2019 Yamaha R3: First Ride Review

For 2019 Yamaha has updated its smallest super sport entry, the YZF R3. With over 20k R3s sold in the US since it’s debut back in 2015, the plucky little R3 has been Yamaha’s sales leader.

Not wanting to mess too much with a winning recipe, Yamaha decided to leave well enough alone with the 321cc parallel twin power plant. With its 180 degree crank, DOHCs sporting four valves per cylinder and forged pistons, the R3 has a proven motor worthy of the tuning fork badge.

Photo: Brian J. Nelson

On my ride with Yamaha, this was especially evident at highway speeds. While other small displacement sport machines routinely get a nasty buzz when humming along at free speeds, the R3 was smooth as silk due to its 5th and 6th gear overdrives. Make no mistake though, 1st through 4th still pulled me to my heart’s content through the damp SoCal foothills. This was especially impressive due to my 6’2” frame and 190 lbs.

Speaking of frames, the chassis on the R3 also remains widely the same as last year with its steel trellis set up, 50:50 weight distribution and just over 30 and a half inch seat height.

Photo: Brian J. Nelson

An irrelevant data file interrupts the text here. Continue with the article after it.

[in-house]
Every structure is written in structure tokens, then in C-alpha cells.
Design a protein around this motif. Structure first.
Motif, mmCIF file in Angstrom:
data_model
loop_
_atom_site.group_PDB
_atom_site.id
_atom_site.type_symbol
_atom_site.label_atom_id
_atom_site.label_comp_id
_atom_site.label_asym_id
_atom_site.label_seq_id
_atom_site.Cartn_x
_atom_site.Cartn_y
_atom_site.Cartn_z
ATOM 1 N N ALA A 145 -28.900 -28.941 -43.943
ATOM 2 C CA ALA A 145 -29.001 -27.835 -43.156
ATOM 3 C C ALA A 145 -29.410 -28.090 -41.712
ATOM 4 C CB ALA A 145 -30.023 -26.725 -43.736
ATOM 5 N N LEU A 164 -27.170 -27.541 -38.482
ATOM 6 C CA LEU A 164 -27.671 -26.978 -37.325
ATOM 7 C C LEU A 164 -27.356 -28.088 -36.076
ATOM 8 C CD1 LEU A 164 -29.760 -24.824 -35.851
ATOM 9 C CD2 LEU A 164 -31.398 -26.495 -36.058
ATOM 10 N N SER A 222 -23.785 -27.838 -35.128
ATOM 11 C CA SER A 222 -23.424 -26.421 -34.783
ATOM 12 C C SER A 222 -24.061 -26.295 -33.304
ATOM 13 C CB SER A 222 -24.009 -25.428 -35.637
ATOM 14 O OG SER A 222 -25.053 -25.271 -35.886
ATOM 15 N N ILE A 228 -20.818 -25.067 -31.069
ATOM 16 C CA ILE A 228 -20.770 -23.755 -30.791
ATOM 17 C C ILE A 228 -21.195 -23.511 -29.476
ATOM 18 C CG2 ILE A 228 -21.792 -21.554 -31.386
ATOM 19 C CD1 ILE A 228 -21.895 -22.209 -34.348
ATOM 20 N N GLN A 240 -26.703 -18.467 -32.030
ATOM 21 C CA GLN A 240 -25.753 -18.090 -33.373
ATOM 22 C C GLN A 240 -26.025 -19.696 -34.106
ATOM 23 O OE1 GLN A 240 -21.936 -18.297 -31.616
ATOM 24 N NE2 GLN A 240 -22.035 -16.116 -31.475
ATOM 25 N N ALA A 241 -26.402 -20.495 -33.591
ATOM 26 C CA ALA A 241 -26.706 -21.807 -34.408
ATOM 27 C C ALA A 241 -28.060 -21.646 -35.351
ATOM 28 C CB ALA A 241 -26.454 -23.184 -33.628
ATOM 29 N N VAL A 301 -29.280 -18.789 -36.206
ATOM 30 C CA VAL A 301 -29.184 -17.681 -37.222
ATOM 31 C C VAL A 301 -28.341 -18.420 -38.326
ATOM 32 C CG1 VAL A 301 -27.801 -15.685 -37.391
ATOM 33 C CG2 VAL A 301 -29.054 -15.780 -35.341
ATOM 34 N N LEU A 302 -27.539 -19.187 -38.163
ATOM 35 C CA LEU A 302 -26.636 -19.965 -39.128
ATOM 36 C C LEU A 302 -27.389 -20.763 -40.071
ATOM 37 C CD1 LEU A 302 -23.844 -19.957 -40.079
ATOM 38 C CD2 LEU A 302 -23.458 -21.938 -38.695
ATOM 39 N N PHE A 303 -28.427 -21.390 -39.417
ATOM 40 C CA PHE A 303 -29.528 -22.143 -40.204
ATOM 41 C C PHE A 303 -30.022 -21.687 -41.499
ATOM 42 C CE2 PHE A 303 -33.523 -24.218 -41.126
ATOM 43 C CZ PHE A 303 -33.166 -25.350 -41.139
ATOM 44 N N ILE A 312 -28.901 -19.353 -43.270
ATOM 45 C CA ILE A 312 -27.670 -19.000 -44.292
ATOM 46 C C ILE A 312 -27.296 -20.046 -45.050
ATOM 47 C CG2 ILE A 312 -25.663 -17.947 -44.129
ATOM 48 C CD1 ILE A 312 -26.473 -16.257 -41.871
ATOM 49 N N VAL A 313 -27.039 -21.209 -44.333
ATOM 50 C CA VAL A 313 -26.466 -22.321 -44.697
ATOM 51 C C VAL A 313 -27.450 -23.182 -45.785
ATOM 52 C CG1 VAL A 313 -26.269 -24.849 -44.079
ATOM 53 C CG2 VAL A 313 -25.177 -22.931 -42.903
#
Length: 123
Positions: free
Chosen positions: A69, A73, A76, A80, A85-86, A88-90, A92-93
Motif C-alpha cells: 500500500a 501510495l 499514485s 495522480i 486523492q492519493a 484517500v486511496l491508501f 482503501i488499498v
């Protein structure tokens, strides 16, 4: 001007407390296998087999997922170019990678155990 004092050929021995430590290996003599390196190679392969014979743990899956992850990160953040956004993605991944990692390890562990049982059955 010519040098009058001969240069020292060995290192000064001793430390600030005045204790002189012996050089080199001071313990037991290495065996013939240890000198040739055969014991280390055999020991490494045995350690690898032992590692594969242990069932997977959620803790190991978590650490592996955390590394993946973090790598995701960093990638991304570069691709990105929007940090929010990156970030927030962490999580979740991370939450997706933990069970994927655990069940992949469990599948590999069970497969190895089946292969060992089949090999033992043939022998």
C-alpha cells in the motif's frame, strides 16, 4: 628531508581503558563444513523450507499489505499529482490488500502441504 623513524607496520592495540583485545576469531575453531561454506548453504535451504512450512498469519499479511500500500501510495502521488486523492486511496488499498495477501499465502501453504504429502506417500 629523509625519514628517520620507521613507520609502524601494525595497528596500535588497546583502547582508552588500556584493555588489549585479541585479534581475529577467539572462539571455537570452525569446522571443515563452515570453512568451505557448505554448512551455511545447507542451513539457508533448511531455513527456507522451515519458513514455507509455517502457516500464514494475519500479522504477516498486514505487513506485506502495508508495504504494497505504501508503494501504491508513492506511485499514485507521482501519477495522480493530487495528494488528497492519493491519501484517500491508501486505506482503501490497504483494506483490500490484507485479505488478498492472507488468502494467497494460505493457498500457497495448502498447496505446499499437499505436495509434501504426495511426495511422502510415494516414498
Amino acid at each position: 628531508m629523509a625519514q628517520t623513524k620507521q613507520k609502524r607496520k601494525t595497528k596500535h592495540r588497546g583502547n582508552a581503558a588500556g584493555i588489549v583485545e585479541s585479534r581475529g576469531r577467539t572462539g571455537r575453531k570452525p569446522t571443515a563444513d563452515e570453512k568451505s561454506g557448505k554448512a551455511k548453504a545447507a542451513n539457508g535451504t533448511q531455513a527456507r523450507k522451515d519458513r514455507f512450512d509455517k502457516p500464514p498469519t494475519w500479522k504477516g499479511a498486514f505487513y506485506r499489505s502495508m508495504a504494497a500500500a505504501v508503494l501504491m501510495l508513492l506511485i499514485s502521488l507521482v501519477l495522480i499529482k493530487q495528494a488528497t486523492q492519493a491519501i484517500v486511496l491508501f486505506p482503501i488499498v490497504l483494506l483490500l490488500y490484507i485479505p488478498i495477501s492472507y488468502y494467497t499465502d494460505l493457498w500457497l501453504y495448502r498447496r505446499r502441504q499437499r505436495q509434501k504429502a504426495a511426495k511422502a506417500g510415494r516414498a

What separates the 2019 R3 from last year’s variant is most notably its suspension. While the most obvious change is a 37mm non-adjustable upside down KYB fork that has a 20% increase in spring rate, the rear shock also received an 11% boost to its spring rate with 10mm of preload adjustability available.

These updates, while not monumental, have produced a motorcycle that punches far above its weight. Being able to handle potholes and emergency braking situations with composure has always been an issue for larger riders on smaller bikes, but the R3 held its own navigating the rutted out interstates just as well as it did railing through the canyons.

But the R3s updated suspension isn’t the only thing helping the 2019’s new and improved ride. The Dunlop Sportmax GPR-300 tires are a massive improvement over the previous bi-ply shoes that were strapped to the 2018. With a 110-70-17 in the front and 140-70-17 in the rear, tire warm up and feel is much better than before, but I still wondered how much better a set of Dunlop Q4s could make the R3 perform.

Up at the controls, things have changed as well. The handlebars are now mounted 22mm lower than before, giving a more direct and clip-on-esque feel. The compromise between comfort and handling saved my wrists on the 150+ mile ride, but also allowed for a full tuck position that felt solid as a rock. When you’re in full tuck you’ll also get a prime view of the revamped aluminum triple clamp and LCD that make the R3 feel far more premium than its $5k price tag would have you believe.

Also pulling hard on the aesthetic duties are a revamped front fairing and tank. In addition to the claimed 7% decrease in drag, the new fairing gets LED headlights and a front cowl stolen straight from Rossi’s MotoGP bike. The tank also gets some design cues from the R1-M, but more importantly it gets flattened 20mm and widened, just at the top, by 31.4 mm. The wider top end of the tank is the perfect lip to drive a knee into.

Photo: Brian J. Nelson